Attending a career fair can be an overwhelming experience. Knowing who to talk to, how to dress, or even what to say can go a long way when it comes to interacting with a potential employer. Recruiters can meet hundreds of students during a career fair, so what can be done to stand out?

1. Quality over quantity
Oftentimes, there are dozens of companies in attendance and while you may want to talk to all of them, it’s best to have a list of top choices. Instead of speaking with a recruiter for 60 seconds and jumping to the next company, having a list will maximize the interaction spent with each. The difference between interacting for one minute versus two could mean an interview offer.

2. Be informed
First impressions mean everything and are just as important as a résumé and the interview. Do not waste time spent with the recruiter asking what the company does and the positions that are available. Do some research and have a general idea about the company and its opportunities. By doing so, you can impress recruiters with your company research initiatives and knowledge of their mission, purpose, and clients.

3. Dress to impress
Dressing professionally allows the recruiter to picture you in their office setting. Polished suits, shined shoes, and appropriate jewelry get noticed easily and will be remembered during the selection process.

4. Perfect your résumé
A résumé is a little reminder of your educational and professional experience for the recruiters to use after the career fair is over and the selection process has begun. Triple check spelling, format, consistency, and have others look over it, as well.  In addition, do not sell yourself short. Emphasize experience related to the industry and highlight knowledge gained through internships and school. Have extra copies made and do not hand a recruiter a résumé until it is asked for.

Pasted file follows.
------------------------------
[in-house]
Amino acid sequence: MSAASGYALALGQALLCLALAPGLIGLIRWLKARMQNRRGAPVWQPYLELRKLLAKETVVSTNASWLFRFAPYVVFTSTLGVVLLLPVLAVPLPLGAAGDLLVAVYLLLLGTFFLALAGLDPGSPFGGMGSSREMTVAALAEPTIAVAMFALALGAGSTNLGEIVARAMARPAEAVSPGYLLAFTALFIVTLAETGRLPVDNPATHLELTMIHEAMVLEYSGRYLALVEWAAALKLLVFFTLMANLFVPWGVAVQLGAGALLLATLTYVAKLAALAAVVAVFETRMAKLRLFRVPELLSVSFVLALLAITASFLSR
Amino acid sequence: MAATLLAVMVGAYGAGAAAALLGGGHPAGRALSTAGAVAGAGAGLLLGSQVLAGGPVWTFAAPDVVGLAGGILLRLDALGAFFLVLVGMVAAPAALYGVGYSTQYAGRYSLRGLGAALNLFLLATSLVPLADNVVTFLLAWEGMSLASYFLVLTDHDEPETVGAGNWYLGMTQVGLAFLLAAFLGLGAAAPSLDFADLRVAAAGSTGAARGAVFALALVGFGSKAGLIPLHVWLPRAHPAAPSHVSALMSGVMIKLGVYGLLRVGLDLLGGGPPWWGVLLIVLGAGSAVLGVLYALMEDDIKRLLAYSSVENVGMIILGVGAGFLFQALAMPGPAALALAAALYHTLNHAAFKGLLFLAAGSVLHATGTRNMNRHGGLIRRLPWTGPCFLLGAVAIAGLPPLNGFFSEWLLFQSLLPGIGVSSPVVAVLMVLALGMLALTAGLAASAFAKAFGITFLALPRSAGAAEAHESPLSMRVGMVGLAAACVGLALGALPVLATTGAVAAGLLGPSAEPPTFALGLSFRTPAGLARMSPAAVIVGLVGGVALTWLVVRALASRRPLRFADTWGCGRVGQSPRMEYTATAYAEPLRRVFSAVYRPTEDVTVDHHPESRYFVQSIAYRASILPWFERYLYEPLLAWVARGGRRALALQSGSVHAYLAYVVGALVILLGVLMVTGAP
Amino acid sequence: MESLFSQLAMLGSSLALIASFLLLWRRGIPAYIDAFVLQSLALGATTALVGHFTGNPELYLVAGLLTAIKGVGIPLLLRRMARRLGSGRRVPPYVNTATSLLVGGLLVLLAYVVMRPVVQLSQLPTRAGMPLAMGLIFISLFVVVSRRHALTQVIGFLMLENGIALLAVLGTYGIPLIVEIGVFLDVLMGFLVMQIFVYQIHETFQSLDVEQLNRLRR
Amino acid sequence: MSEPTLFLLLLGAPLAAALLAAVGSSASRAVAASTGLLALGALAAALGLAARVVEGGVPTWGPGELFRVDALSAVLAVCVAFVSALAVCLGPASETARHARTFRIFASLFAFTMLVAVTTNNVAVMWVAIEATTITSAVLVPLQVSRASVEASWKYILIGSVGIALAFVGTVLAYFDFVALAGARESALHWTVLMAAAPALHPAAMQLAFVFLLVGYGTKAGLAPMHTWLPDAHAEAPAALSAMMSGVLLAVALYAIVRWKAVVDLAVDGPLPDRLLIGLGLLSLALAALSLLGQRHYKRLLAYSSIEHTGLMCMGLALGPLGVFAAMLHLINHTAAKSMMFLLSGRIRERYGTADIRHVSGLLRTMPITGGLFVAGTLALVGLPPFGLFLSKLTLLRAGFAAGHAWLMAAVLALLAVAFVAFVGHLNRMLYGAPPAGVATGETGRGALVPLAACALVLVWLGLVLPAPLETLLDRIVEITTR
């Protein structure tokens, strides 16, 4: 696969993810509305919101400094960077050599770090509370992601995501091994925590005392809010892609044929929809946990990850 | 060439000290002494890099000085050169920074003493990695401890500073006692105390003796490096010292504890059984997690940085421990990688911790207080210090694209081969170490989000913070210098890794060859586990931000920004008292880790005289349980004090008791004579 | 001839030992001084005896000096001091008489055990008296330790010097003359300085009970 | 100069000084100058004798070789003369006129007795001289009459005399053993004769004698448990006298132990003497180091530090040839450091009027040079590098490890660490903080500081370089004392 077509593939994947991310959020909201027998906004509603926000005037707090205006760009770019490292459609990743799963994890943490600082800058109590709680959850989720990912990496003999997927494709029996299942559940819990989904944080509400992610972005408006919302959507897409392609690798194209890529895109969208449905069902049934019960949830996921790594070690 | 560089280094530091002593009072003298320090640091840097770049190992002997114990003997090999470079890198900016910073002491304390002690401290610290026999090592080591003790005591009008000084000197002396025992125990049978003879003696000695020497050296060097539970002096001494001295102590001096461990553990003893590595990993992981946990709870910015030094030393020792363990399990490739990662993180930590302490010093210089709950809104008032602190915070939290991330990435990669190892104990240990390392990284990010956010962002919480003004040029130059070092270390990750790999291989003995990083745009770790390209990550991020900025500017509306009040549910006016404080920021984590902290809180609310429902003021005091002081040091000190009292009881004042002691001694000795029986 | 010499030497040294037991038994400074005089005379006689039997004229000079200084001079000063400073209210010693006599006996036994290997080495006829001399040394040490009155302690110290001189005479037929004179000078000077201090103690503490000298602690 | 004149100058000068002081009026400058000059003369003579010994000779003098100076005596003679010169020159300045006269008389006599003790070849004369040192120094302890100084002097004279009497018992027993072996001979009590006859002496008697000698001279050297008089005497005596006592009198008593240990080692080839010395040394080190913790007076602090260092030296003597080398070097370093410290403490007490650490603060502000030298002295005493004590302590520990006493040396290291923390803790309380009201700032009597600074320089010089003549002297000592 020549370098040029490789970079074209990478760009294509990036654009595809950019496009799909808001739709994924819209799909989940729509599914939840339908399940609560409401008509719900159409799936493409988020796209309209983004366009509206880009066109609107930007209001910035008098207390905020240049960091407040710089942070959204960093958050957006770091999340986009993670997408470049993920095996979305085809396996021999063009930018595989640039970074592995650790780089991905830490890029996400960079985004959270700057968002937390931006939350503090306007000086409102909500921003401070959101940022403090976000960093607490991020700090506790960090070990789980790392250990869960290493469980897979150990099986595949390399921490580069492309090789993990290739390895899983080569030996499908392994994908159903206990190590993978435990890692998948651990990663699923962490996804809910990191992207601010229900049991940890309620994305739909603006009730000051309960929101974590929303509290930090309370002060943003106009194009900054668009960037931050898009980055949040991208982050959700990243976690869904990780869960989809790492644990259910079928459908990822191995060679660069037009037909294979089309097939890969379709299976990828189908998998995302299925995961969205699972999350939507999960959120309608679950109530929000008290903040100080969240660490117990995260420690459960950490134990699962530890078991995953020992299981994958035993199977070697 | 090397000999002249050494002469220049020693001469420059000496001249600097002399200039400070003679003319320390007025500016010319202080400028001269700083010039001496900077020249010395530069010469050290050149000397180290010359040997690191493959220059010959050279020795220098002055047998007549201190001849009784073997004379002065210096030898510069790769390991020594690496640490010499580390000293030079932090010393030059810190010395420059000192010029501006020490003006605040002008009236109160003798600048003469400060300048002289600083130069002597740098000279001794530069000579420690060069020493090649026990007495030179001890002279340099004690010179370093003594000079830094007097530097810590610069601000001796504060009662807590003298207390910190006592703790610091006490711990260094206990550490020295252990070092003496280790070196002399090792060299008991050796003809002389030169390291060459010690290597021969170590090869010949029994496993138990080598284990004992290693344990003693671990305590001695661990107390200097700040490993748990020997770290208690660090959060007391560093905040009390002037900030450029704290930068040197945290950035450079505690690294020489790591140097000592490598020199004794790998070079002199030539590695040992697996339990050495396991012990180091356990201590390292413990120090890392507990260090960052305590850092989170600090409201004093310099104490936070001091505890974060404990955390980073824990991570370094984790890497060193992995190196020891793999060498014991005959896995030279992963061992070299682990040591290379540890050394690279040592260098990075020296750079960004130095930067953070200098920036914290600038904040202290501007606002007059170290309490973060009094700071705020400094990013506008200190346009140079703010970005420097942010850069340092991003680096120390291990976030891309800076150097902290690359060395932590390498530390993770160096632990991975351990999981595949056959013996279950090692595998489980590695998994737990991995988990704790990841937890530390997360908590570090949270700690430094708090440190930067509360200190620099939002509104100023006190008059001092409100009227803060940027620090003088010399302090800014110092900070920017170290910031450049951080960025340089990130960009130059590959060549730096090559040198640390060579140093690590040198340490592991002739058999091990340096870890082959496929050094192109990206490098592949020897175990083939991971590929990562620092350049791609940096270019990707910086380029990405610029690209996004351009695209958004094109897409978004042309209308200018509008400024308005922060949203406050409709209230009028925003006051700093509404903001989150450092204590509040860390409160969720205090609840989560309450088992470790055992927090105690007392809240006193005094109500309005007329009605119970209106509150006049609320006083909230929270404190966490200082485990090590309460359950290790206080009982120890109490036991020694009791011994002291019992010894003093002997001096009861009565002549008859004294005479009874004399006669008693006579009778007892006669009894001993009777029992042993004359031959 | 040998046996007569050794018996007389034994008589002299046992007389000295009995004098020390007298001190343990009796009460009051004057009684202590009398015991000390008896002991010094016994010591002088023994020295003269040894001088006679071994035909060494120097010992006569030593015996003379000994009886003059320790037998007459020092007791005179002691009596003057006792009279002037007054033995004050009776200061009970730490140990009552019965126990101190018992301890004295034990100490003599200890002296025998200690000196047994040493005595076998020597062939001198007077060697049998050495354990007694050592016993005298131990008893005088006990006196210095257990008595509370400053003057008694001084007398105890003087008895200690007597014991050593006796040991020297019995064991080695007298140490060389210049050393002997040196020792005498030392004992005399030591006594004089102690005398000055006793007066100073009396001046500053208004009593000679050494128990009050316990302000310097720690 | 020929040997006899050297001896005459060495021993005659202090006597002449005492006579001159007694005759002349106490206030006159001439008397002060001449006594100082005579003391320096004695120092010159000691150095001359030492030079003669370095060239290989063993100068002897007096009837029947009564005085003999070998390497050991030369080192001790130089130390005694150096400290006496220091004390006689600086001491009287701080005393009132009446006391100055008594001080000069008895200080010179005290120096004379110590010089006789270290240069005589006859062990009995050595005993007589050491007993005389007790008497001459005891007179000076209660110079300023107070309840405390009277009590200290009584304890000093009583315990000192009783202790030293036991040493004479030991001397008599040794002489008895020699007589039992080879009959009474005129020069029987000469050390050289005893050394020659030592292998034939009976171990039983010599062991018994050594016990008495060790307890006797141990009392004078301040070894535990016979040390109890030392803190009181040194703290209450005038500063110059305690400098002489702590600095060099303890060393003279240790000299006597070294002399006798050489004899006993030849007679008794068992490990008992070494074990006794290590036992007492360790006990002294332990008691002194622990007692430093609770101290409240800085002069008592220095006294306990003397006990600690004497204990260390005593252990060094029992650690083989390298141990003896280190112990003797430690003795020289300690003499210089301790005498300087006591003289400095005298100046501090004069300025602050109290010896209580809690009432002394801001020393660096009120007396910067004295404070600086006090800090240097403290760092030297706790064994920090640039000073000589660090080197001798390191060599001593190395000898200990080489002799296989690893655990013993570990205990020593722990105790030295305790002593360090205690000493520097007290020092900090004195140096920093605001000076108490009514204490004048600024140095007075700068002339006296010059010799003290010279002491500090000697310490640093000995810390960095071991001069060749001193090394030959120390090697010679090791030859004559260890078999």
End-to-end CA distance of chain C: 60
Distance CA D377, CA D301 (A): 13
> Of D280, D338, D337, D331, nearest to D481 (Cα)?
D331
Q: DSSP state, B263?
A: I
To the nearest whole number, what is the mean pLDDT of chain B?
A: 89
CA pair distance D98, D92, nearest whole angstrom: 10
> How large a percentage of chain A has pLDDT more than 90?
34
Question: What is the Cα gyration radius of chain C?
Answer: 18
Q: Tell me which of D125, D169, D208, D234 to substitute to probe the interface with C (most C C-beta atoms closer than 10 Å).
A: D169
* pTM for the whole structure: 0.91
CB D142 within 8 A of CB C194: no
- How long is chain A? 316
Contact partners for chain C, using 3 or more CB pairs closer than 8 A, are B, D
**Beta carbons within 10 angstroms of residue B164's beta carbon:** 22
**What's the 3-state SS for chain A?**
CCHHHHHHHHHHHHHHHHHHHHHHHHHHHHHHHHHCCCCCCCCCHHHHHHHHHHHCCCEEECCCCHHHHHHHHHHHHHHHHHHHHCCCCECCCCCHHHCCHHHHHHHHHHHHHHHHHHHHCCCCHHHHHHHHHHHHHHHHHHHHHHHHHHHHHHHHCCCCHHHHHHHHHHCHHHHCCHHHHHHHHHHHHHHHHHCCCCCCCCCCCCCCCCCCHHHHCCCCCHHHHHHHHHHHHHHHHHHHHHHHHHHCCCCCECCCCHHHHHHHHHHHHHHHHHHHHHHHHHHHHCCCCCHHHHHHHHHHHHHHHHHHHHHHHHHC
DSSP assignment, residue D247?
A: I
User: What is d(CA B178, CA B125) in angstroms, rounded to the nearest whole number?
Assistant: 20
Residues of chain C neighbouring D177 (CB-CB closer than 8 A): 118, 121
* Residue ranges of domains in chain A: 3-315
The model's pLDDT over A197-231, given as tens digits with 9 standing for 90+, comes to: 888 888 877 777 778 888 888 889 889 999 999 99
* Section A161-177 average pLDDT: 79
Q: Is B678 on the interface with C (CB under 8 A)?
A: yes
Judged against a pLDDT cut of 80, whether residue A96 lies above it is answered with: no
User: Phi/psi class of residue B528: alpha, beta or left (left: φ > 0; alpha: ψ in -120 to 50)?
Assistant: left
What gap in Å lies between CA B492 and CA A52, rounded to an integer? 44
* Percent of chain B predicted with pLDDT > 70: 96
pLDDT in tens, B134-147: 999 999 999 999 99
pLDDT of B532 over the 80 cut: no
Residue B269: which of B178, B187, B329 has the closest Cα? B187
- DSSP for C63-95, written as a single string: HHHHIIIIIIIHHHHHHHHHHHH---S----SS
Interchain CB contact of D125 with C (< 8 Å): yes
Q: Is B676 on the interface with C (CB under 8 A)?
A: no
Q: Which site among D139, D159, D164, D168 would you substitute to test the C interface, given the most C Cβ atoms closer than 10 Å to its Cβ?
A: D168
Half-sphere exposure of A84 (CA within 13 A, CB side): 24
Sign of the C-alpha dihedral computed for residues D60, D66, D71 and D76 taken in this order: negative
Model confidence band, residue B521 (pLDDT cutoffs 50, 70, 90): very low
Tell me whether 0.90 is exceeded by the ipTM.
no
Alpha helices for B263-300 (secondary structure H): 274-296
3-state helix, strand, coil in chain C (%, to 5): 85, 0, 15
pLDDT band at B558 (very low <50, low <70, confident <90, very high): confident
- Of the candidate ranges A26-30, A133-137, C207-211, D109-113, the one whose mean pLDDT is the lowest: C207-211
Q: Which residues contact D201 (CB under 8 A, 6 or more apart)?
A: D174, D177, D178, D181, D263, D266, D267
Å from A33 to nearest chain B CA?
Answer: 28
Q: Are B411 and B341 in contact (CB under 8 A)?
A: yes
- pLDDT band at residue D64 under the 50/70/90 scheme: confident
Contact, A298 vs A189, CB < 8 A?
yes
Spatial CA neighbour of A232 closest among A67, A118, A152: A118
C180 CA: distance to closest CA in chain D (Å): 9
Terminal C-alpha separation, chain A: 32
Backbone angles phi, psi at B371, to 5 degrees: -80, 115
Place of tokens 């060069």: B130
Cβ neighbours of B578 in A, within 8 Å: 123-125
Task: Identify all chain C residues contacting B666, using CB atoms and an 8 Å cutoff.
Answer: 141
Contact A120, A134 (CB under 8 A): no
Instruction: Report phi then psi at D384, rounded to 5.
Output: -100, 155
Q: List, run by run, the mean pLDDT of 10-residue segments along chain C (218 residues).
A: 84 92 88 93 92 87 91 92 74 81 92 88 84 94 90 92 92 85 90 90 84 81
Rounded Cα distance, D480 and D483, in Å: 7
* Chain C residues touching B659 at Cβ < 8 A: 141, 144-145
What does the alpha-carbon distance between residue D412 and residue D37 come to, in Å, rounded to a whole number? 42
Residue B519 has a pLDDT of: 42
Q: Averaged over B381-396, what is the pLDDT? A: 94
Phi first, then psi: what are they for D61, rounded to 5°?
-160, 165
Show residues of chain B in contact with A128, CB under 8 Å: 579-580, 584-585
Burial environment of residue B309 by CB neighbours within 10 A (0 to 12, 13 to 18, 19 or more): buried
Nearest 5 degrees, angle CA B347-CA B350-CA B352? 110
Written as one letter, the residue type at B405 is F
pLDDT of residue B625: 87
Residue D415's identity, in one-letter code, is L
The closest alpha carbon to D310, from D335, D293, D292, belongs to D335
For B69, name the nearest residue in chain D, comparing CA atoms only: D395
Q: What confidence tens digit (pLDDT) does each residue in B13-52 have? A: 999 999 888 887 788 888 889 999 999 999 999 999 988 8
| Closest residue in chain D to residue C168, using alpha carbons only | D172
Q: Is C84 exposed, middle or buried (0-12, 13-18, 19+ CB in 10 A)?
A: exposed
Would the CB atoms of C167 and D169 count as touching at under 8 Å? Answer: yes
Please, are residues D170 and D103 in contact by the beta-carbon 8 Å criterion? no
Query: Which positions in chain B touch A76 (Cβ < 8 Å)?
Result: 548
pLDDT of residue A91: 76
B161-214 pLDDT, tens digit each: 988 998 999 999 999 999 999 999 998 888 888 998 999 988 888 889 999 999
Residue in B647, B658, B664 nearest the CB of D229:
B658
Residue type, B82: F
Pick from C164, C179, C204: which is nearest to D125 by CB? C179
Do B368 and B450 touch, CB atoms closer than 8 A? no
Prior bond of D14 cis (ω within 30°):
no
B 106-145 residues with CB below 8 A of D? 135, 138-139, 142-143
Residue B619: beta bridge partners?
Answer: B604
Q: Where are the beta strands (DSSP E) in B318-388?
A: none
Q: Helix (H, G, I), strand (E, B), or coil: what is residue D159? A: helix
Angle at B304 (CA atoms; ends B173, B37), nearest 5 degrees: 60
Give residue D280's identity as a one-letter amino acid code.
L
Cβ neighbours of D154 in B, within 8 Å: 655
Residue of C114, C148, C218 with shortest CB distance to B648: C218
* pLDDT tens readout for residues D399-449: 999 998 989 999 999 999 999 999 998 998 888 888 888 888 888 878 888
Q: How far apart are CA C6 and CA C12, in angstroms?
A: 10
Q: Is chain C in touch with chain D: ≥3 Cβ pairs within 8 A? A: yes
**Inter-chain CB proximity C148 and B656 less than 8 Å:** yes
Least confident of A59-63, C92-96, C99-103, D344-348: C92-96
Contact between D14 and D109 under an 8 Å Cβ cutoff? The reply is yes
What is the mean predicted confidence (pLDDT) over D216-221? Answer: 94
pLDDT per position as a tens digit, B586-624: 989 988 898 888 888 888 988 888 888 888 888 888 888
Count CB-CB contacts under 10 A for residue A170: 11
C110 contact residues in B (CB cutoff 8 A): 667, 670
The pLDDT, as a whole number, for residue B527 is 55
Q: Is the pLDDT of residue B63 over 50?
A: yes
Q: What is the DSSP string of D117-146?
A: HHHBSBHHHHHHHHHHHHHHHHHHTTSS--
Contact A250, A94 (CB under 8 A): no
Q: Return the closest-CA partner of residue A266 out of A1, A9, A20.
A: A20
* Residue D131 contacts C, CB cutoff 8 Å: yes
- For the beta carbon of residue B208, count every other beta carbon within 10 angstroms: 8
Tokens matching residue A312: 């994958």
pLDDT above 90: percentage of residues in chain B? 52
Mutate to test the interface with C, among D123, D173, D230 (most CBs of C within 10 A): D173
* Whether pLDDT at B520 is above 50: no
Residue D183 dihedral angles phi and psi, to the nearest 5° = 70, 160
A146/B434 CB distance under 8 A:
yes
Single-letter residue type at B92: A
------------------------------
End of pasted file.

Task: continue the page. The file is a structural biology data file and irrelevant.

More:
5. Have an elevator speech
Instead of walking up to a recruiter and waiting for them to start the conversation, introduce yourself and have a 30 second ‘pitch’ prepared about who you are, your major, year, and two or three things the recruiter should know. This is the optimal time to speak about past projects, research, relevant classes, and an opportunity to show drive in the areas you are interested.

6. Ask tactful questions
Besides having questions prepared for when the conversation is nearing the end, understand which questions to ask and which to stray away from. For example, instead of asking how much the internship or co-op pays, ask if it is a paid opportunity. Overall, be sure to not ask questions for which the answers can be found on the company’s website.

7. Be yourself
Through all the preparation, do not forget to be yourself. Too much polish in a ‘pitch’ can be obvious and dull. Recruiters are not looking for a rehearsed speech or a nice piece of paper; they are looking for a confident and qualified student to fit in with the culture of the company.

Career fairs are a chance to market yourself and show your full potential. Keep an open mind and maximize involvement by looking at the event with a sense of adventure and as an opportunity to network and learn.



  • Emily Spicher

    Multimedia Copywriter

    As Multimedia Copywriter, Emily Spicher assists in developing, controlling, and protecting the brand voice of Southland Industries, its underlying businesses, and its subsidiaries to ensure consistency, professionalism, and accuracy of all written content. Emily works closely with the Multimedia Copywriter to conceptualize, write, and edit all copy going out to external and companywide internal audiences.

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